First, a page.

Archive for the ‘craft of writing’ Category:

That Character You Love to Hate

Sometimes it’s the little things…

Writing antagonists can be almost too much fun. Of course, we don’t want to make the ALL bad. We need to show them as balanced human beings. But when you first introduce an unpleasant character, how do you show he’s unpleasant?

I thought we’d take a little stroll through The Summer of No Regrets, so you could meet a favorite nasty character of mine, Webster Lampson, the college advisor of Brigitta’s sister, Mallory.


A red Porsche was parked outside. Out of it climbed a tall, thin man with a brown beard. He wore a Greek fisherman’s cap and a tidy raincoat. Mom extended her hand. “I’m Clare,” she said. “I was expecting Alana. Are you here to see the dorms?”

The guy took her hand. “No, actually, I don’t know an Alana. I’m Webster Lampson. I’m here to collect Mallory.” He winced as a raindrop hit his face.

Mom’s smile wavered. “Ah!” she said. “Mallory is not here. She’s running some errands for me. Won’t you come in?”

Webster Lampson studied us, the driveway, the entrance of The Center. He was getting wet. “Yes,” he said, “I think I will.”

I’m not good at guessing ages, but this guy was old. Almost as old as my parents. He must have been like forty or something.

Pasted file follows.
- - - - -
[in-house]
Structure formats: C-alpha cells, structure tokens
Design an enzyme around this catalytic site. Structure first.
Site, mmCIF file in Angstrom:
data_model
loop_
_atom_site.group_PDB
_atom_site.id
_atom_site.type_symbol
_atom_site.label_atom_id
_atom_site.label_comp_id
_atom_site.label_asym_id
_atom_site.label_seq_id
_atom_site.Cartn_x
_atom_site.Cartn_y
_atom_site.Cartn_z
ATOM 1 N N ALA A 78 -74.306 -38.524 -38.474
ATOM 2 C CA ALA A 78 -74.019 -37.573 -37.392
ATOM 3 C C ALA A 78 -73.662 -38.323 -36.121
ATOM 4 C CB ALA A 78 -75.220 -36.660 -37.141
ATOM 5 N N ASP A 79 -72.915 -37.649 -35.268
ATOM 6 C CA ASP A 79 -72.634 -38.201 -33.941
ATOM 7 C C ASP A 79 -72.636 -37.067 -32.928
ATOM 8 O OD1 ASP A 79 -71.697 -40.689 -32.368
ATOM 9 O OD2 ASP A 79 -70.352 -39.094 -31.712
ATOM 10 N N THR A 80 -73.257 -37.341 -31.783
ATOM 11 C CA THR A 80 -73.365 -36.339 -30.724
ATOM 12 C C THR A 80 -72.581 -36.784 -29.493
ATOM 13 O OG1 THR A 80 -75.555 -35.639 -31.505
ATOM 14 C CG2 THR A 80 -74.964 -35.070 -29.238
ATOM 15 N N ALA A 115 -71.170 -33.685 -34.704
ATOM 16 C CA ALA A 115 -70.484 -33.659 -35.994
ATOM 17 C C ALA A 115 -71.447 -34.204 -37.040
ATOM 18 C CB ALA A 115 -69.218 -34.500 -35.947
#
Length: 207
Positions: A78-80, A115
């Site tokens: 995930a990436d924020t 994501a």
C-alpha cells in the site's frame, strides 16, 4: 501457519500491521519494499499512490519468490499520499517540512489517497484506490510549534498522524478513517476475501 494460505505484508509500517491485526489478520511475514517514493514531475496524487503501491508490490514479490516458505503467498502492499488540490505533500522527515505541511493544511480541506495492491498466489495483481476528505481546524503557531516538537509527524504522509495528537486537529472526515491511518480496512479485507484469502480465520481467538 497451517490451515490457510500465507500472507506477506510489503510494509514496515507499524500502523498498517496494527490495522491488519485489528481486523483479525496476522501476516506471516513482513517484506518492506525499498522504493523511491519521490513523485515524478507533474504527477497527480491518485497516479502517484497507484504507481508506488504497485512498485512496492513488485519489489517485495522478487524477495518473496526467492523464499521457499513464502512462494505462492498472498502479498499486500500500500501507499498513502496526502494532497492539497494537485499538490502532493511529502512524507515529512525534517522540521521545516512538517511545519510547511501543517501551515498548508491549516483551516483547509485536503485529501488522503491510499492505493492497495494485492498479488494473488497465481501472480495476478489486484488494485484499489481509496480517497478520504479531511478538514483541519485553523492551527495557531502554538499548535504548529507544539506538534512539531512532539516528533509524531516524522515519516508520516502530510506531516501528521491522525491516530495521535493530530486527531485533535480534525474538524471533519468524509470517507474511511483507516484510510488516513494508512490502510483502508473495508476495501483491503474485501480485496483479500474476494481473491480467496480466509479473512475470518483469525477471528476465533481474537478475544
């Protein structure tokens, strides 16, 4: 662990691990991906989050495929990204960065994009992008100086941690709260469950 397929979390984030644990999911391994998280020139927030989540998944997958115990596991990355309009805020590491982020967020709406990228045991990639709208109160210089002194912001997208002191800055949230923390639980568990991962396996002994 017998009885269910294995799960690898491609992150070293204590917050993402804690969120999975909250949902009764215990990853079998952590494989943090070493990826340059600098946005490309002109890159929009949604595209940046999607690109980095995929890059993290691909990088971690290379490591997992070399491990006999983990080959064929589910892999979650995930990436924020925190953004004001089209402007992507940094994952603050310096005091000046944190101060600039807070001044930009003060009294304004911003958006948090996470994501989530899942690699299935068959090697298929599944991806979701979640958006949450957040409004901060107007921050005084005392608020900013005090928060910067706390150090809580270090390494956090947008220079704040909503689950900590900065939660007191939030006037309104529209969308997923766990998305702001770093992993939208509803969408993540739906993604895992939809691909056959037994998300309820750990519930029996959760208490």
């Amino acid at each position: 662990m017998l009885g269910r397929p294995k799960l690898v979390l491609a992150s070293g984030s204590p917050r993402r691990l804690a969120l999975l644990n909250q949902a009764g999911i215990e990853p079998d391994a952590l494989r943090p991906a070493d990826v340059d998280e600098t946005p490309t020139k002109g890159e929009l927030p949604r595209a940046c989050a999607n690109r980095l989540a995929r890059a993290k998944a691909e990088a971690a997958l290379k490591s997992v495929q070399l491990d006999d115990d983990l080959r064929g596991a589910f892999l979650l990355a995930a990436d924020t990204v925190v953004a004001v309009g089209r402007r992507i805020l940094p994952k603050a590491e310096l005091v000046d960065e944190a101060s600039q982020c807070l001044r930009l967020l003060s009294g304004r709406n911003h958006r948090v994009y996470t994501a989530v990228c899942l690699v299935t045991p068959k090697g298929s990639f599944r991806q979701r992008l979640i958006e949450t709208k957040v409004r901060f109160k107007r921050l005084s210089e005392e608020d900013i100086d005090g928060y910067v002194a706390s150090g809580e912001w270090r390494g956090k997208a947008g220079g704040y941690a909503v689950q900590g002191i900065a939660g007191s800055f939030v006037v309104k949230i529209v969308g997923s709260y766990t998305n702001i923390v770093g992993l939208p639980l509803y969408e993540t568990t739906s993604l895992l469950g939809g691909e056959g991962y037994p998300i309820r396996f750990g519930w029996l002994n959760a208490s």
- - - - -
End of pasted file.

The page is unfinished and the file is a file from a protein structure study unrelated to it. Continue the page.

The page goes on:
Dad was in his office tapping numbers into a ten-key when we came into the foyer. “Paul,” Mom stuck her head in. “We have a visitor.”

Dad came out wearing his wolf sweatshirt. His ponytail was held with this bone and feather thing that dangled from the nape of his neck. “Paul Schopenhauer,” he shook Webster Lampson’s hand.

“Schopenhauer,” Webster Lampson grinned. “Mallory tells me that great German mind was a relative of yours.”

“Distant cousin,” said Dad. “You aren’t here about the Indigo Children?”

Webster chuckled. “I should say not,” he said, “though I have heard of their movement. An article on pseudoscience in one of the journals.”

I disliked him more moment by moment.


  1. List the small actions that give you a feel for Webster’s character (e.g. wincing when a raindrop hits him.)
  2. How would you describe the way Webster speaks? List some of his distinctive word choices.
  3. List some descriptive details about Webster.  (clothing, belongings, physical characteristics)
  4. From what you’ve read above, how would you describe Webster to a friend?
  5. Now, choose two of your own characters. For each, list
    1. two small actions (e.g. nervous tapping)
    2. two descriptive details. (e.g. neon green sneakers, tattoo of a sailing ship.)